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Wednesday, July 27, 2011

End Times

I'm resting. Finally.
Leaving Georgia was like trying to extricate myself and my boys from a jealous cephalopod—it just didn't seem to want us to go. I spent the last week packing up a 100-year-old antebellum house in the uber-heat of the South. I'd bring home 15-20 boxes, fill them and repeat. Over and over again. Each time I packed away another load more stuff would crawl out of the corners as if taunting me to dare to ever finish the task.

During the final count down, I began randomly stuffing things into boxes—1000 books, baby clothes, letters, memories, dishes, more memories. I worked through the night and right up until our renter moved in, leaving a massive pile of human debris by the roadside for a secondhand scout.

With the boys at my parents' house and a million things to wrap up before our departure, I made yet another midnight trip to the storage unit. As I struggled to haul one last box, I turned just in time to see my Honda Element rolling backward down a hill. Instinctively, I ran after it—flip-flops flying off my feet—and grabbed on to the drivers' side window. The damn car was locked.

I rode it all the way down the hill and into a security fence, knocking out the key-pad unit. Sore and bruised, I managed a cheerful waive at the security camera before calling it a day. I was too amped up to sleep, though, and knew I had a hellacious day of travel in store so I headed to the only late night massage place I know: Jeju Sauna. I was desperate and had heard rave reviews.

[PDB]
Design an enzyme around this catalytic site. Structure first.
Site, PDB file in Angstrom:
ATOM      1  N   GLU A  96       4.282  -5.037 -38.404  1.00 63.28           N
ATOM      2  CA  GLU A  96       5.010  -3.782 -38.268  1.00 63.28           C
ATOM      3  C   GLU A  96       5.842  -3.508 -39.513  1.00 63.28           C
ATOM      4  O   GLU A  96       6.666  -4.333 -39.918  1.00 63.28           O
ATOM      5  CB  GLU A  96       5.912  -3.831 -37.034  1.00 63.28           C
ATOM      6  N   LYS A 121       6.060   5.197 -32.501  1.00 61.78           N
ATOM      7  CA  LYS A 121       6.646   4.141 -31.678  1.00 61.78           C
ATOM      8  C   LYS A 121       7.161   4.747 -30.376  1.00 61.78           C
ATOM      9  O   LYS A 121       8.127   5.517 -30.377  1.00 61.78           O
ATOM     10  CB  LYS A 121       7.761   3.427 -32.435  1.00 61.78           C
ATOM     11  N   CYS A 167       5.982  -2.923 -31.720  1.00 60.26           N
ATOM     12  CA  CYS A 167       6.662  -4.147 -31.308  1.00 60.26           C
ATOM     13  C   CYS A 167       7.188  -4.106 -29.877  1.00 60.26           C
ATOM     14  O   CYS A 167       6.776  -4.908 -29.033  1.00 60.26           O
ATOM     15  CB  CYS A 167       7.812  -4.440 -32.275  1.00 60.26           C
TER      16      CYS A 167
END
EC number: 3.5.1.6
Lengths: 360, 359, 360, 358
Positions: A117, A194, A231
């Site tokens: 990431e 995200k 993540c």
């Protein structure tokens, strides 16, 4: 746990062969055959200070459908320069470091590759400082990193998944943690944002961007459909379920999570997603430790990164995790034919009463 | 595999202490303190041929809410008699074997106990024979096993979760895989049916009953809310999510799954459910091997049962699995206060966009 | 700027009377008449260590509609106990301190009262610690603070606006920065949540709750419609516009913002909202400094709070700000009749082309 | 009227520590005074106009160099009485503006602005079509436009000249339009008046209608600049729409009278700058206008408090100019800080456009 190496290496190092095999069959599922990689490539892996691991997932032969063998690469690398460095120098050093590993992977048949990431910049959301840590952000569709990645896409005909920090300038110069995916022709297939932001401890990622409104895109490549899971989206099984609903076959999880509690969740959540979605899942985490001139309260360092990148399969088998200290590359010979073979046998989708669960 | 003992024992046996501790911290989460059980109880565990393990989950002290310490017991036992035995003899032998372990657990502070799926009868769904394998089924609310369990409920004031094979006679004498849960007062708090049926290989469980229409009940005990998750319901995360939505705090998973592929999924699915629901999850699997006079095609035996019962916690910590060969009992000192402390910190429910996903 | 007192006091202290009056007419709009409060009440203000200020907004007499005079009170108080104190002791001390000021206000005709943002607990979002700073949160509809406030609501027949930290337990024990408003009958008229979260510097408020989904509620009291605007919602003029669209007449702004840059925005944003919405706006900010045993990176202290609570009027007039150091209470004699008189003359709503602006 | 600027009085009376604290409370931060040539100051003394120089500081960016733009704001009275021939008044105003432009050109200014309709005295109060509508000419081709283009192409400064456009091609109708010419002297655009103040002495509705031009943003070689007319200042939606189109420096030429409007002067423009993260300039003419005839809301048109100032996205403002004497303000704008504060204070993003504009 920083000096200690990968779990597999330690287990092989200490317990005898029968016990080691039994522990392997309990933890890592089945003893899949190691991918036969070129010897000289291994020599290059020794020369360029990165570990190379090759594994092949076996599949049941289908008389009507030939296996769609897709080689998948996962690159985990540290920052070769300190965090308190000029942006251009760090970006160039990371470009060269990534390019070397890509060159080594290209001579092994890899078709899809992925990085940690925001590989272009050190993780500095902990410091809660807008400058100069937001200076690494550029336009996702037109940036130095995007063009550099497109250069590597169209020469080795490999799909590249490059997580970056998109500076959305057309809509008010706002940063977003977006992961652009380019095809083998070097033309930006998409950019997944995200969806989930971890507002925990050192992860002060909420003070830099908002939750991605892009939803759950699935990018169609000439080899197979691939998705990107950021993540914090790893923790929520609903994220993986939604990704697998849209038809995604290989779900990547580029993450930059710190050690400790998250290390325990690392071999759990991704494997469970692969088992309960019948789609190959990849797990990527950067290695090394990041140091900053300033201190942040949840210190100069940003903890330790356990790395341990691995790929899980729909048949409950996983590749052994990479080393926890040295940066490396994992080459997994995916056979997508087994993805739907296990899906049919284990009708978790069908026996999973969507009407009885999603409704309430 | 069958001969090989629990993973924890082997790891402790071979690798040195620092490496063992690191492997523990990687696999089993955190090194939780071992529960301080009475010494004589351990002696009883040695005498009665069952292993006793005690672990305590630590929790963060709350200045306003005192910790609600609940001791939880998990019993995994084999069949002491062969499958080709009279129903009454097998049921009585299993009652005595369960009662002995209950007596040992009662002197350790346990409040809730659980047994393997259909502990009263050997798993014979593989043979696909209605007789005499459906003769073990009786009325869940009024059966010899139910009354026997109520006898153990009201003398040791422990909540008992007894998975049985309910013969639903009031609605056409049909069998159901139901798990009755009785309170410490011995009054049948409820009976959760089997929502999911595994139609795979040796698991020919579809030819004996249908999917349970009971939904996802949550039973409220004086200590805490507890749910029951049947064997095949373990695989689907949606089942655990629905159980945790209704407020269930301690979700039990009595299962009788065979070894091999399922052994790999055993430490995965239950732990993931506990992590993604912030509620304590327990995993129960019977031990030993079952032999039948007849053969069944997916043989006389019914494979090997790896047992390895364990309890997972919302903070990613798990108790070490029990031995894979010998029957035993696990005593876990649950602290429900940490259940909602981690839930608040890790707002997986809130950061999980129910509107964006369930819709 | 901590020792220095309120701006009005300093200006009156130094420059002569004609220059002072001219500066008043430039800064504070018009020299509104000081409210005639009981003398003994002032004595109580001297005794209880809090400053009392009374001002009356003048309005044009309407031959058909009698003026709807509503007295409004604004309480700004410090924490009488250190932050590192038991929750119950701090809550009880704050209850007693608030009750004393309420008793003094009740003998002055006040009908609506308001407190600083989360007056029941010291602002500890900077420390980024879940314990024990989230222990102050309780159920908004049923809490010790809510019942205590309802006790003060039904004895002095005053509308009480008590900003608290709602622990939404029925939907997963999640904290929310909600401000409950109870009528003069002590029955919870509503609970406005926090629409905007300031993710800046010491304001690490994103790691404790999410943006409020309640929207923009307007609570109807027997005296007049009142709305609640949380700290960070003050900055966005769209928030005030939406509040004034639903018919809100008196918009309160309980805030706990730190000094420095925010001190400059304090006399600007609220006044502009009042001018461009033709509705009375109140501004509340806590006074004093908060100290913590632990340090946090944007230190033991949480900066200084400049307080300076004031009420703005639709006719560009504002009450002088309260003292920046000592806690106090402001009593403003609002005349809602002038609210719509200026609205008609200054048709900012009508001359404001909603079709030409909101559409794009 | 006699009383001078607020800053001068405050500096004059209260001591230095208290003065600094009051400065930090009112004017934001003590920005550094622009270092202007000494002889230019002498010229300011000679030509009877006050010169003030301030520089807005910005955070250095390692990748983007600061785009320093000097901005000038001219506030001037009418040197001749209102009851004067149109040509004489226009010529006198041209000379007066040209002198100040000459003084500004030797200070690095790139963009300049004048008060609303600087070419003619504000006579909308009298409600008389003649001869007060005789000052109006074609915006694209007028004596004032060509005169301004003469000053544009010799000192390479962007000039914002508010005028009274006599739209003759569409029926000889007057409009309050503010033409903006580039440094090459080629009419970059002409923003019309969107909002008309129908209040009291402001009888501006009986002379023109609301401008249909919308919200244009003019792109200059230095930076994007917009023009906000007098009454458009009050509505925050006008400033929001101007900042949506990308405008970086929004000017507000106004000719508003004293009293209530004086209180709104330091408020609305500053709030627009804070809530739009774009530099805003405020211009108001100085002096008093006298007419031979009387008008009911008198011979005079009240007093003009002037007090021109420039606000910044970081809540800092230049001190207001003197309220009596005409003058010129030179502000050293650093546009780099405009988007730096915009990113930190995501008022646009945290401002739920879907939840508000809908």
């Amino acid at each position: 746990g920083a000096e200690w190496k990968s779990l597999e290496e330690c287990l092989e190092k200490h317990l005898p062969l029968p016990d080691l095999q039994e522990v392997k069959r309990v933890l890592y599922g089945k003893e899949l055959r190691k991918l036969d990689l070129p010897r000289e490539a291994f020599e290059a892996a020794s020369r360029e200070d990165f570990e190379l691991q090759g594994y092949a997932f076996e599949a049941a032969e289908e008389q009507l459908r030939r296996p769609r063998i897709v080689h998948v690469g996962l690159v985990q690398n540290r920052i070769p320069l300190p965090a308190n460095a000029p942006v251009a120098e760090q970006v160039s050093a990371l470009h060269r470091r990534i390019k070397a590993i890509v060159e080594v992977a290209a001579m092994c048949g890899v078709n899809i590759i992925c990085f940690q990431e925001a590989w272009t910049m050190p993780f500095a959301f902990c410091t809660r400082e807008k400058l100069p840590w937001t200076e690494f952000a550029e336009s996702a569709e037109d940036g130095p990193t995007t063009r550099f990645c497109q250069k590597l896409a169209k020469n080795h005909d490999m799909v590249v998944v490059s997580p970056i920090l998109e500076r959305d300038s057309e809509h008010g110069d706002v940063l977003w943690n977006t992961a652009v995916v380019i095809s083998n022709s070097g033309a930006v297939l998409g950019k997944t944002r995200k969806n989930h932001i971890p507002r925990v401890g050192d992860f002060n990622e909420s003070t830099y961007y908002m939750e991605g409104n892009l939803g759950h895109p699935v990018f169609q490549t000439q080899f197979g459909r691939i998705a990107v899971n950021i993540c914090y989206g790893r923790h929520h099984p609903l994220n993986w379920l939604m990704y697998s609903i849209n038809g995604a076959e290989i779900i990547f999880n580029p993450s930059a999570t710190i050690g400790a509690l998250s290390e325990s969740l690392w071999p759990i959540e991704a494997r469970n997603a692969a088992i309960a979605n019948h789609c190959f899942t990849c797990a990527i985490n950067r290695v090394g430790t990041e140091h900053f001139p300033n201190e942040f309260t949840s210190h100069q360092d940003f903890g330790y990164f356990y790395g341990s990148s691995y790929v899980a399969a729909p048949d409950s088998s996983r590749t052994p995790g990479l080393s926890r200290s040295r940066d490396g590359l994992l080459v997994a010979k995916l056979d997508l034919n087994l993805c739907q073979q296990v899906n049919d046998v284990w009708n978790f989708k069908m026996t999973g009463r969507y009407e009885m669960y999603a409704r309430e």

The place is an authentic Korean spa. Totally different from French spas that relax you with aroma therapy or American Spas that play soothing New Age music. This place is a holistic hospital for the sick. Perfect. I stretched out naked on a white vinyl table while a matronly Korean masseuse put on gloves and scrubbed me ferociously. After about 20 minutes, I thought there was no skin left on my body, so she downgraded to a milder lufa sponge and did it again. (Note to self: butt cheeks are sensitive. Go easy on the sandpaper.) When these women give you a massage, they literally stand on your back and dig into your muscles. Then they throw buckets of soapy hot water on you. You're basically a tuna on a sushi slab. I couldn't have cared less about frills and ambiance, though, all I wanted was to feel better and it worked.

Liberating ourselves from the massive rut that we had dug/fallen into was/is way harder than I imagined it would be. Life doesn't seem to want you to just pack up and change course. But I think the hardest part may be over. France was here waiting, cordial and lovely.

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